• Paul Sellers on 2 February 2014 at 10:39 pm

      Thanks for this update. I meet and teach many D&T (design and technology) teachers and technicians who appraise me of trends and changes that have left them gagged and bound, headmasters and fellow teachers who simply cannot and are unwilling to understand and as far as politicians go, I think they should try to find some real work to do.
      I really do appreciate your email. I would indeed like to hear more from teachers involved in this area as well as art and craft teachers from any sphere of general education. I am not just blurting out my opinion here. I have listened to hundreds upon hundreds of students struggling to find ways of working earning their living from what they make who took jobs purely based on promises of a good job if they got any kind if university degree only to find it wasn’t true. I love the idea of seeing things made by other countries, but globalising our filth and shipping our filthy industries to other continents instead if getting it right is shameful. Politicians, as yet, never admit that they were wrong. They should be brought to task on issues and tell the people they apologise every time they get it wrong and not wait to be found out or forced to.
      I think your personal experience is very important and very valuable. Can we please hear from more like you or even those who disagree. My experience is that teachers are wonderfully caring individuals just like our nurses and doctors in the NHS.



  9. ray on 3 February 2014 at 10:31 pm

    Mr sellers have you ever done site carpentry?????????



    • Paul Sellers on 3 February 2014 at 10:39 pm

      Yes, I started out as an apprentice bench joiner and then I spent two years as a carpenter. I’ve built two of my own homes in my lifetime as a woodworker, but my first love in craft work has always been designing and making furniture. I loved roof carpentry especially and did all the various levels of what we called first fix, second fix and finish carpentry. My first business in 1975 was called Timbercraft here in the UK. I was 25. I started a second business that ran parallel to that that was a joinery and furniture making business called Makeright. I left them behind in 1987 when I migrated lock, stock and barrel to the USA where we built our first home there.



  10. CarlosJC on 4 February 2014 at 3:57 am

    Great article written and a great gesture made.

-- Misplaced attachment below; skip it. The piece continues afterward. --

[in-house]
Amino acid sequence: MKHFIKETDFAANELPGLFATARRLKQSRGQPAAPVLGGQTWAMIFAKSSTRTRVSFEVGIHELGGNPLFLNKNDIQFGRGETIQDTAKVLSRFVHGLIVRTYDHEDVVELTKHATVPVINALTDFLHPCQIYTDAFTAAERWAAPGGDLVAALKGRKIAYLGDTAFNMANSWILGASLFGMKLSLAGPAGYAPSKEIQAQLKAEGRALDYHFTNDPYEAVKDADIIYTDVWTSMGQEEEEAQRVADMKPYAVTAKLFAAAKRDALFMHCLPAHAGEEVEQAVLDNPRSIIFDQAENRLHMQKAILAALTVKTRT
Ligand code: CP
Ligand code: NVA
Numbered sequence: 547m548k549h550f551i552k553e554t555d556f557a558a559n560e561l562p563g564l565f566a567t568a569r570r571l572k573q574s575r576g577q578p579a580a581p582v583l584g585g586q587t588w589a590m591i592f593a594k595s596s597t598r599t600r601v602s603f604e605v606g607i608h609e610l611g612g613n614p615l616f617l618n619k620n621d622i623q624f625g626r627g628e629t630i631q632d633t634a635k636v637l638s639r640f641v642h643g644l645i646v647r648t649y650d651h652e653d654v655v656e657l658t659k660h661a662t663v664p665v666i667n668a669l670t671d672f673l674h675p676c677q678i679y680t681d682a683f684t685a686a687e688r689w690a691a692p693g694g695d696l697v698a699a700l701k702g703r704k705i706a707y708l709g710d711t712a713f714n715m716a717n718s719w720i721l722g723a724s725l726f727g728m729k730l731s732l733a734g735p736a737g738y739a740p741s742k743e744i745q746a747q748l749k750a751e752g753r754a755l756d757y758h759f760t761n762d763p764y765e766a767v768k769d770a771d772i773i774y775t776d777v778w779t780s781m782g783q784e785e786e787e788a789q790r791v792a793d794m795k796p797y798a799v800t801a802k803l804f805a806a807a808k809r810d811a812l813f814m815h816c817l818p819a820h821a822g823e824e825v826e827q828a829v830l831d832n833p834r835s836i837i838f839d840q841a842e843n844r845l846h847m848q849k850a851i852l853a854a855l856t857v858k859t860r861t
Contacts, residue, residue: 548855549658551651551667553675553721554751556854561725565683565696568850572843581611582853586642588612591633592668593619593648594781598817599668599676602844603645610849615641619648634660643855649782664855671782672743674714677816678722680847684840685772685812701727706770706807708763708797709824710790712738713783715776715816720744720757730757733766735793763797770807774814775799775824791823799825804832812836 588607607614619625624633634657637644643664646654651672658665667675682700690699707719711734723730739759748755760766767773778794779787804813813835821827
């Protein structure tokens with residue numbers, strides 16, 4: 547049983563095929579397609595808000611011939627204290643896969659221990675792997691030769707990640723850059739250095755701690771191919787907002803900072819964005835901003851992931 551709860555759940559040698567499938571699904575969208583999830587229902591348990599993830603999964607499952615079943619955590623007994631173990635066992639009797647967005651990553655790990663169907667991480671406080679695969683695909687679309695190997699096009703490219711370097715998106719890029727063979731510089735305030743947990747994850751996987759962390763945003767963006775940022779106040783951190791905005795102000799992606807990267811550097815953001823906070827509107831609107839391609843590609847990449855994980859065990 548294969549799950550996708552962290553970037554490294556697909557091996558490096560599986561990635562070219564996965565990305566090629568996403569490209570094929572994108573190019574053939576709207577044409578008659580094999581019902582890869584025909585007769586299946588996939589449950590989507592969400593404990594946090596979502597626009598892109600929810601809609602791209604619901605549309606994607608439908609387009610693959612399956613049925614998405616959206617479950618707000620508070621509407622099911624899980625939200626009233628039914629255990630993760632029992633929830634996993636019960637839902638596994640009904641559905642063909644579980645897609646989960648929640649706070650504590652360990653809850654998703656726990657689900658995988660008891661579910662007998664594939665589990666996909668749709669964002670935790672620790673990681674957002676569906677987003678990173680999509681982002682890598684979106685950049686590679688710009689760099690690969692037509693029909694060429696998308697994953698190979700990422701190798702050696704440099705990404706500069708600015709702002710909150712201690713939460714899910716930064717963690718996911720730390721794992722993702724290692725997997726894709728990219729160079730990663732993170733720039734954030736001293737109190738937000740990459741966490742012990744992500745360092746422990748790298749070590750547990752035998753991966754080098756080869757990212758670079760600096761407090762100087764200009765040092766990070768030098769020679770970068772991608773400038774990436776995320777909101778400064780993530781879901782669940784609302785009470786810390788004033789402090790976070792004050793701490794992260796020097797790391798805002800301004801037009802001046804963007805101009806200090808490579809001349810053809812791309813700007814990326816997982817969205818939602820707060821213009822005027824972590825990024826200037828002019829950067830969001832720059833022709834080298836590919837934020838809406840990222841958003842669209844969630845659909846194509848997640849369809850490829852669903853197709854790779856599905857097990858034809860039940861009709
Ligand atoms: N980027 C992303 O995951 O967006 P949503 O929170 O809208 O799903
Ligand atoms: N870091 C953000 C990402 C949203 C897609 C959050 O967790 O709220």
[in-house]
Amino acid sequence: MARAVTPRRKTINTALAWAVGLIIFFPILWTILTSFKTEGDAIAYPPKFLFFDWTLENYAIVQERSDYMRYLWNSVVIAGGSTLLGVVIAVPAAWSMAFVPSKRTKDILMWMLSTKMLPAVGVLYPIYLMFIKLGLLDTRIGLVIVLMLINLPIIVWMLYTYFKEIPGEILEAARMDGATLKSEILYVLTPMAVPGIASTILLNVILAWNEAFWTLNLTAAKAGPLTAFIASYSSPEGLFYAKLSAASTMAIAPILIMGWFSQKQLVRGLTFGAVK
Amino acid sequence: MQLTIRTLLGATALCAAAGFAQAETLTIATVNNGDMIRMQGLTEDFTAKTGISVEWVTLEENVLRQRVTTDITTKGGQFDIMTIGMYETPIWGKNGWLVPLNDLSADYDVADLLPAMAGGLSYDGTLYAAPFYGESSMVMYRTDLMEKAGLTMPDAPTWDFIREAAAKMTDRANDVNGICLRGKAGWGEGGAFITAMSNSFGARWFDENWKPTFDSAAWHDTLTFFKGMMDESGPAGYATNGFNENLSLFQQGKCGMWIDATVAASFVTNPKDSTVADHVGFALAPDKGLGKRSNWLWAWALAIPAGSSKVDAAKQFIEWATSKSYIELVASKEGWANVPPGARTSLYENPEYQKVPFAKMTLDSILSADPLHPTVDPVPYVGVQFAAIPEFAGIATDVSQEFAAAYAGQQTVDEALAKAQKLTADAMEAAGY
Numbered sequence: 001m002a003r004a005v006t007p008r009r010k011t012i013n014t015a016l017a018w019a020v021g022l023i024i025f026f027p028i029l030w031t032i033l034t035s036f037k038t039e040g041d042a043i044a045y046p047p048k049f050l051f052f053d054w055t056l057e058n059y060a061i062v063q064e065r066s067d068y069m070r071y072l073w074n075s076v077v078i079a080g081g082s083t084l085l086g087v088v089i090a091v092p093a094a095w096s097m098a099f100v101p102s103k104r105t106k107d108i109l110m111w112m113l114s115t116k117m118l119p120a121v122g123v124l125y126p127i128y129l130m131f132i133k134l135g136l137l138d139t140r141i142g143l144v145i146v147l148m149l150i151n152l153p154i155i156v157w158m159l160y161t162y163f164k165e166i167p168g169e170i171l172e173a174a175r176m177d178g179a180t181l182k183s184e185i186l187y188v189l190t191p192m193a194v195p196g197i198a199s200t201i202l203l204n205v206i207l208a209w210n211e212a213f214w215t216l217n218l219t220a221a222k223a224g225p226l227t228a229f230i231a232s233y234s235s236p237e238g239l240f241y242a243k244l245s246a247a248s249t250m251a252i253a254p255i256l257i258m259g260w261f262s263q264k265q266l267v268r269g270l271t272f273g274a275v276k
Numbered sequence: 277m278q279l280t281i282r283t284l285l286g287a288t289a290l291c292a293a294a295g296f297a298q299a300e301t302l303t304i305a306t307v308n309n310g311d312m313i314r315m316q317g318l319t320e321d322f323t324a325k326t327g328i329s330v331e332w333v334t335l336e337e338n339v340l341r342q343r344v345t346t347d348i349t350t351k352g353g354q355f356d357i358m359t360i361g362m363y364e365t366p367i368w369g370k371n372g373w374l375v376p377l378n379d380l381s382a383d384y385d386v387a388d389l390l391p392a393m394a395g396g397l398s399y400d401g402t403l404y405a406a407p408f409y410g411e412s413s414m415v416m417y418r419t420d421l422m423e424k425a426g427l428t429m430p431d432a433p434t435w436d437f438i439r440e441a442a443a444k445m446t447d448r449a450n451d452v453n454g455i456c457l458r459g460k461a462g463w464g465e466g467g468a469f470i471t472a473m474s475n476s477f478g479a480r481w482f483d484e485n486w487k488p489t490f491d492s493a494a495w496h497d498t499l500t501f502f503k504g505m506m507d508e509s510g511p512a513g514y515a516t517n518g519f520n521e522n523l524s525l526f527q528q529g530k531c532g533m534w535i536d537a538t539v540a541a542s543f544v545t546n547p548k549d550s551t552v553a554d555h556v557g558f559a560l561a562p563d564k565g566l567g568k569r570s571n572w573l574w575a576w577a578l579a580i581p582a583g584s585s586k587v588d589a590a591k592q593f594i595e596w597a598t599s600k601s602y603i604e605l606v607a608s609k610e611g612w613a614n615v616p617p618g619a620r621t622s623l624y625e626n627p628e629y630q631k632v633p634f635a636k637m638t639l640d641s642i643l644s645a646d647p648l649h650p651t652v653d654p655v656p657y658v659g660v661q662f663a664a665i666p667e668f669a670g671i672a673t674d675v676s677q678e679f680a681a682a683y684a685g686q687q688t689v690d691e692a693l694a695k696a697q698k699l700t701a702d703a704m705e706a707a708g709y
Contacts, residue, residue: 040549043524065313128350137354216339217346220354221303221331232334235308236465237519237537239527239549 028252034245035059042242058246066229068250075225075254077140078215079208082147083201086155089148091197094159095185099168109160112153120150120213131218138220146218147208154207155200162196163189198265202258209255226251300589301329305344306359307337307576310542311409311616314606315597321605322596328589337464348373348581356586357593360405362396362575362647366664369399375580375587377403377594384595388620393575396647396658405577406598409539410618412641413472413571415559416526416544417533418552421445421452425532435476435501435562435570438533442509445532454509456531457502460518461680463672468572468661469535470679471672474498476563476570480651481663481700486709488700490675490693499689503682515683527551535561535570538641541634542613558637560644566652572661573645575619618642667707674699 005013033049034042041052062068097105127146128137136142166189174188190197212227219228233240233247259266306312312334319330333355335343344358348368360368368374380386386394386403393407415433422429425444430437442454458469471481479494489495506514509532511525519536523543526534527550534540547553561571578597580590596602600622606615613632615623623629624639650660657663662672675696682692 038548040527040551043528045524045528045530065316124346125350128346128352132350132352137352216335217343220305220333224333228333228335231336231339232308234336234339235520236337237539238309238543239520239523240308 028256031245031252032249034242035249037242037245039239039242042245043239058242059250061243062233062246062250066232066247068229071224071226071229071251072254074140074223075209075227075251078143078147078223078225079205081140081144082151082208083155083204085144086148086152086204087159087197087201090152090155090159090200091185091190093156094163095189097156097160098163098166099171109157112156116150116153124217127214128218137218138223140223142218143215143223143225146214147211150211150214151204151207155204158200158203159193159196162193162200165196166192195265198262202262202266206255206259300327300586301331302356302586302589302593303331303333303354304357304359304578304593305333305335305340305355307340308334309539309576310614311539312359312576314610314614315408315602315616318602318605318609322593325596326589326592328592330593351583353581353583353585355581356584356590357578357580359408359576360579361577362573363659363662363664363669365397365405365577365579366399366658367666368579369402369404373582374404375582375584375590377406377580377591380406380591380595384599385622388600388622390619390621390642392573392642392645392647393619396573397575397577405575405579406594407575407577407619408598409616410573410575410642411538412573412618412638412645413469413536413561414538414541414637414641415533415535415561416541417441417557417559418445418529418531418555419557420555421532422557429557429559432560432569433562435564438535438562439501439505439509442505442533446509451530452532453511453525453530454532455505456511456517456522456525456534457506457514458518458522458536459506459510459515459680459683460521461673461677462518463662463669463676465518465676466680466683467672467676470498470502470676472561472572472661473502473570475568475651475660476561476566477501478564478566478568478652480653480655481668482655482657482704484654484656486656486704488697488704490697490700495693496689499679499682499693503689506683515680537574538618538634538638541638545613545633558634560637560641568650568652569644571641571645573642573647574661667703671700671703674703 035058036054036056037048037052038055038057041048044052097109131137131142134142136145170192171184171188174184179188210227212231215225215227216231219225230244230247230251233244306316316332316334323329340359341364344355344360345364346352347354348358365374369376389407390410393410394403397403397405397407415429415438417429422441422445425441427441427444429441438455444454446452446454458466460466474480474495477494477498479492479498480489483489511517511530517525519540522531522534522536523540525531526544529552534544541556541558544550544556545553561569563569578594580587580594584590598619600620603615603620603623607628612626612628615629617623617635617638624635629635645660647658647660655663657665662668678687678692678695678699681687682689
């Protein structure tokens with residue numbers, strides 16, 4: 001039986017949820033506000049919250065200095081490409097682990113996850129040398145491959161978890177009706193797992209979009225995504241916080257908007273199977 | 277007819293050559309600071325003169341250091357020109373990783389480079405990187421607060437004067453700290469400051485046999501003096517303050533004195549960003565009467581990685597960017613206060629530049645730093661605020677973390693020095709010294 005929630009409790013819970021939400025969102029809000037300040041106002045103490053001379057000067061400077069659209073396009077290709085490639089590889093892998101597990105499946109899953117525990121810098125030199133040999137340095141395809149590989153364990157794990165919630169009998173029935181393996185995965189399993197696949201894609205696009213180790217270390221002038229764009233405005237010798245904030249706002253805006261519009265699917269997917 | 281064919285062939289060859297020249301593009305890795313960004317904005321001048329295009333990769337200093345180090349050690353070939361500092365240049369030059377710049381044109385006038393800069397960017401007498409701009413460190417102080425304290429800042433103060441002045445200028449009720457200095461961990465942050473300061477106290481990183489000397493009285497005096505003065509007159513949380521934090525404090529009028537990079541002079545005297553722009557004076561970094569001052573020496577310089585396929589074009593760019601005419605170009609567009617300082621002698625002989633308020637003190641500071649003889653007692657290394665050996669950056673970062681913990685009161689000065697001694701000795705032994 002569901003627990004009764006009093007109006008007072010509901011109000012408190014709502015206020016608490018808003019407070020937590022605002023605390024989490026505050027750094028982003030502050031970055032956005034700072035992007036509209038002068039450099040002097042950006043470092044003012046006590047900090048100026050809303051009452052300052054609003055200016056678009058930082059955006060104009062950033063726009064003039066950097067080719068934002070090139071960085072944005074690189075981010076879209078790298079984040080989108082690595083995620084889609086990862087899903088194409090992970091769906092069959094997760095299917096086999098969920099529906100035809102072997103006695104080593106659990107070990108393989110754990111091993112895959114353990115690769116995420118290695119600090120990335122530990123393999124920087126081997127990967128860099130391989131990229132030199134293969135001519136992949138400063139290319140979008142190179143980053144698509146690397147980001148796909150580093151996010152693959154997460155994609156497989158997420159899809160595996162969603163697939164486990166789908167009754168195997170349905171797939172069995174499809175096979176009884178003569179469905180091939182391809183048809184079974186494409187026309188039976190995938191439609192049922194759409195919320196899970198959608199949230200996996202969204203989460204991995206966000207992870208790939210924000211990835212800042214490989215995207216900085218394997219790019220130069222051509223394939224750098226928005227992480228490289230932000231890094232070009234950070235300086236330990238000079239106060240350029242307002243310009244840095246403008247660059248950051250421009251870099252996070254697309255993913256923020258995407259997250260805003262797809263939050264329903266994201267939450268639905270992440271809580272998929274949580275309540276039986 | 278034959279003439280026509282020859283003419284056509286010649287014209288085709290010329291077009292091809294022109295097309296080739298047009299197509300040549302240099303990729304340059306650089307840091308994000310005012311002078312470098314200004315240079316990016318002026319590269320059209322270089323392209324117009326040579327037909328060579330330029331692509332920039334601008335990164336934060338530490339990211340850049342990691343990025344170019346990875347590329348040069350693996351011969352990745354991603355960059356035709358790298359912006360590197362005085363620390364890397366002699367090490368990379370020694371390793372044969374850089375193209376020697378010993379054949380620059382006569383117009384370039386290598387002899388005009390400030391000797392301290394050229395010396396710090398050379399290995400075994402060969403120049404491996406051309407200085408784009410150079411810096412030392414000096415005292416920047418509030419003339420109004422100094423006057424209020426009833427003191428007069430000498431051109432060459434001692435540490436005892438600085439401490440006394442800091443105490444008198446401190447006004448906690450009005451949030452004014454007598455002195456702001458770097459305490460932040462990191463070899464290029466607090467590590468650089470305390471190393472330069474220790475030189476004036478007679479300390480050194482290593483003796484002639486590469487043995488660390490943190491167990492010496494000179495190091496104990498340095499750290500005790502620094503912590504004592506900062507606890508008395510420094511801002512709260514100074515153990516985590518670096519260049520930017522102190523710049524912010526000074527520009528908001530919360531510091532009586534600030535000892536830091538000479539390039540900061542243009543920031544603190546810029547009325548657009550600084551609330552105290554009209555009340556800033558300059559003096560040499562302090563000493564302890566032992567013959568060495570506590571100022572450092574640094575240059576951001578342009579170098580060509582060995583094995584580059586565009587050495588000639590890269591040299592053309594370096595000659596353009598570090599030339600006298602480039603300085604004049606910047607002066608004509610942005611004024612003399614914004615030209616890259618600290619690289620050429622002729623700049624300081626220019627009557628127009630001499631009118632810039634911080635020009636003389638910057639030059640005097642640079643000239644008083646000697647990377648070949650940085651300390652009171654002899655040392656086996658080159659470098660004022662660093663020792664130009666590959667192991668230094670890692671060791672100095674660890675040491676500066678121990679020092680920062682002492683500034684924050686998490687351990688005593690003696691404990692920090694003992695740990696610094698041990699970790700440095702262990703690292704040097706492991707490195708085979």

11. ray on 4 February 2014 at 10:55 am

    thats history right there…



  12. Matt on 17 February 2014 at 8:33 am

    An Australian perspective,

    At the age of 26 and having had more jobs then I care to mention, I found my self with nothing to to but follow my dreams of being a woodwork teacher. So I signed up for uni to study education. There were 3 D&T teachers in my cohort, that’s not enough to sustain the facilities that many schools in Australia still have. so…

    What if old saying “Those that can, do and those that can’t teach” can be applied in the best way. In my case I cannot do “fast enough” (due to a hand disability), but it occurs that the real solution for woodwork education in Australia at least, might be injured tradesmen. To bridge the skills gap left from the early 90’s to now, we need people who were trained before that period. A person with the building site experience has been teaching apprentices for decades. While not every semi retired chippy/cabinetmaker would be suited to the school environment, some would make great teachers and hopefully encourage the next generation of woodworkers.



    • Paul Sellers on 17 February 2014 at 5:40 pm

      I don’t know if the Australian teacher training for craftsmanship and skilled workmanship is like here in Britain, but if it is the course will be to train the teachers to teach and not to become crafting artisans who can then teach from their established working knowledge. That was how it used to be. That does not qualify them nor makes them capable of passing on skills because very few D&T teachers are actually capable craftspeople. Pre 50 years or so ago most woodworking and metal working teachers came from a background in those crafts. Today it is a non relational approach to knowledge rather than a relational one. Educators are controlled by educational administrators operating under political management, manipulation and control. At age 16 one of my sons knew more about metal working and woodworking than all of his D&T teachers, technicians and so on. His workmanship far exceeded theirs but their teaching role was to teach him to pass the exams. The sad thing is that, for the main part at least, teachers genuinely care about the students and have their interests at heart. It’s not the teachers’ fault. We have D&T teachers come to our courses because of what they could never get in teacher trying. They often find financing for this but when they don’t they make alternative arrangements and all of this is because they really care. Politicians remember are the ones that sold out young people over four decades by transferring skill-based industries and crafts to import suppliers. Politicians promote consumerism and base their aspirations and future on selling more and more stuff. It’s unfortunate that they measure success on how much people buy, how much money we can measure success by and rarely about “bringing jobs home” until for some weird reason they suddenly listen to the cries of young people saying why can’t I get a job in my own country and in my own town?